FROM THE EDITOR | summer 2002
History may define this era as one of religious wars, given the numerous fanaticisms: Christian, Muslim, Jewish, Hindu, even Buddhist (you'd think they'd know better). But religious fundamentalisms are political movements with revealingly interchangeable agendas. Women are always their first prey, because women stand at the political, economic, and psychological intersection of society's core issues: sexuality, reproduction, and family structure. To control the population, you must control women's bodies.
And fundamentalisms don't spring from nowhere. Organized religion itself has always been political, in that it's about power - for instance, the Roman Catholic Churches morass of sexual abuse and its hierarchy's hypocritical Enronesque cover-ups (see page 15). I wonder if the dam finally burst because so many young males were victimized, since there was no comparable outrage at the epidemic abuse of females - well documented, though also covered up, molestations and rapes (including of nuns) - by priests over decades (see Ms., August/September 2001). It always starts by targeting women. If they come for us at night and you do nothing, they will come for you in the morning.
Indian feminists chart the rise of Hindu fundamentalism convulsing the subcontinent to the reprise of sati (widow burning) - but since that 'only' affected women, not much attention was paid. Muslim feminists have been the victims of Islamist persecutions for years - but that was "just" women; mainstream media didn't register Islamic fundamentalism until 9/11. In Japan, so-called New Religions - blending nationalistic Shintoism with militant Buddhist sects - are urging a return to Samurai masculinism, assailing the Japanese women's movement as destructive to "family values."
The patriarchs, literal and figurative, count on our having short memories.
- They'd like us to believe rules for clerical chastity are ancient and exist for spiritual reasons, and that abortion was forbidden by the Catholic Church 2000 years ago. Actually, the Vatican made clerical chastity a requirement in the 12th Century, out of monetary concerns about clergy bequeathing property not to the church but to their children, and not until 1869 did Pope Pius IX rule abortion murder, an excommunicable sin.
- They'd like us to believe toxic anti-Semitic comments by Christian evangelist Billy Graham (caught out loud on the Nixon tapes) were "misunderstood" - as "misunderstood" as the virulent bigotries of Jerry Falwell and Pat Robertson, who blamed "pagans, abortionists, feminists, gays, and lesbians" for the 9/11 attacks.
- They'd like us to believe parts of occupied Palestine are deservedly "settled" by biblical-scripture mandate. Actually, Israeli feminists (see page 16) grieve at their country betraying its founding vision as a secular socialist state, a betrayal they trace to laws "merely" affecting women - who are subject in such matters as marriage, divorce, and custody to rabbinical courts where men alone serve as judges.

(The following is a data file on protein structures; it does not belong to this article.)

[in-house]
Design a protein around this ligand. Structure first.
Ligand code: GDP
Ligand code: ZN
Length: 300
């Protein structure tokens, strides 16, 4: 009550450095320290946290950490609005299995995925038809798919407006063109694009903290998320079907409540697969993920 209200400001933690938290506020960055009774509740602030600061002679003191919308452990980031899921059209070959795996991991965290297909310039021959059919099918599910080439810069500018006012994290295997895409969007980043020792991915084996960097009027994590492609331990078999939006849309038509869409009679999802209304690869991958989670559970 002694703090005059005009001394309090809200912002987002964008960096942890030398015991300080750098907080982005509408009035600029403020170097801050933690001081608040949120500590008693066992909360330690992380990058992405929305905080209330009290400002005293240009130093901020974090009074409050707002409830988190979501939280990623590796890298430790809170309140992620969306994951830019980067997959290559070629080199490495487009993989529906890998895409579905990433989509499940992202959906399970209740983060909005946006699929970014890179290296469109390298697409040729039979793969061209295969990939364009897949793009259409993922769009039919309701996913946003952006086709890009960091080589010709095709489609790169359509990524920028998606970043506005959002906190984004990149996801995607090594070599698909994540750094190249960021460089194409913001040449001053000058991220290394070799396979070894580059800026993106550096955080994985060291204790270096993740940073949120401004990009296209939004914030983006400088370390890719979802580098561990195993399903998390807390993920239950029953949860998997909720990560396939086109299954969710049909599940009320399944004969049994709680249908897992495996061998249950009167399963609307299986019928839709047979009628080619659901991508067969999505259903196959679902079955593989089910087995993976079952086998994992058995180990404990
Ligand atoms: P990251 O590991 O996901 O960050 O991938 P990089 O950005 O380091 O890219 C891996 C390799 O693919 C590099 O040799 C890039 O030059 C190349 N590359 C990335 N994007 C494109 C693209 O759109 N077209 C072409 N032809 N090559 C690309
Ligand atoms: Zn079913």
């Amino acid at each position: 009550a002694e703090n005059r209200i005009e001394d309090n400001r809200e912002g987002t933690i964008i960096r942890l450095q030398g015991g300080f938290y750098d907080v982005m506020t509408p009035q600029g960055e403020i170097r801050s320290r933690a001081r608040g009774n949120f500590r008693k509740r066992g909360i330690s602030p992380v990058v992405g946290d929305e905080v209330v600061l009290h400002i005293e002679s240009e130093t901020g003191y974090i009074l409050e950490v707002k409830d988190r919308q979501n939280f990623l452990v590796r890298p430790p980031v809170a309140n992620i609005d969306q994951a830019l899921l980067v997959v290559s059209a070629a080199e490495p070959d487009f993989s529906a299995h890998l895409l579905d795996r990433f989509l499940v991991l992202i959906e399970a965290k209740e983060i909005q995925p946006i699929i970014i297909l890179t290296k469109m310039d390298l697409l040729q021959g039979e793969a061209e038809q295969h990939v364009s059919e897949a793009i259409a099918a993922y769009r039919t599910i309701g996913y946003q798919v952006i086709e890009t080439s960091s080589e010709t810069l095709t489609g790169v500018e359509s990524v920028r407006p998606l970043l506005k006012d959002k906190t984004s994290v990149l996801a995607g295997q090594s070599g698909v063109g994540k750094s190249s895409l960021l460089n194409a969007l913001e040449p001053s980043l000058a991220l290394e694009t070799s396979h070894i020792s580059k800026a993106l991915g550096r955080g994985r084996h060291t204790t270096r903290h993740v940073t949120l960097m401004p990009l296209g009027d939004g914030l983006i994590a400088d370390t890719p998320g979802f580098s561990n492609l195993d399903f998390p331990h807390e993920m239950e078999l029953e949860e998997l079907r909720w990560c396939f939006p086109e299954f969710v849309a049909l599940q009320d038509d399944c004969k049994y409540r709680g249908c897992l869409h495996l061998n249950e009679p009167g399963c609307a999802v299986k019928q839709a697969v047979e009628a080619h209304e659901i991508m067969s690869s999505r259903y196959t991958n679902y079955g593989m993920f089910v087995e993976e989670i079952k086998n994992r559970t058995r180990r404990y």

- They'd like us to think the U.S. motto, "In God We Trust" dates from 1776; actually, the Constitution's framers were dedicated secularists. Congress declared this the national motto as late as 1956, during the Eisenhower era's McCarthyist anti-Communist purges; "under God" had just been added to the Pledge of Allegiance in 1954.
If this makes you even more anxious than you already were about Bush's Office of Faith-Based and Community Initiatives, don't forget he's the president who banned federal aid to international family-planning programs offering (with independent funds!) abortion counseling (see page 21), and tried to earmark $4 million in new federal grant money for HIV and drug-abuse-prevention programs to only to religious groups. We need to keep our memories from shrinking especially in an election year.
On a happier note, there's the news of Ms. combining forces with the Feminist Majority Foundation, sharing resources, bicoastal offices, and long-standing commitments to women's freedom and power. I applaud this partnership; it'll be great for Ms. readers, feminism, and women (and men) in general. Upcoming issues will reflect the energy of a new editor and staff. Meanwhile, Ms., turning 30, called on its extended editorial family to celebrate. Hence, these "Best of Ms." issues.
It's a pleasure to return as editor of this one, for several reasons. I'm following in the footsteps of Suzanne Braun Levine, who expertly edited Ms. for its first 17 years, returning as guest editor in chief of the previous (Spring 2002) issue: the Best of Ms. nonfiction reporting and rebelling. Furthermore, I'm working with Joanne Edgar and Mary Thom, Ms. colleagues from way back, who also turned recidivist for this issue. Last, the "real me" (poet and fiction writer) could indulge in rereading three decades of remarkable work, though choosing from such riches provoked indigestion (see page 27).
In these keepsake issues, we've looked not just backward but outward (globally) and inward (at how much women have changed ourselves as well as the world). Now we look forward?to another whole century.
And women have long memories.
Count on it.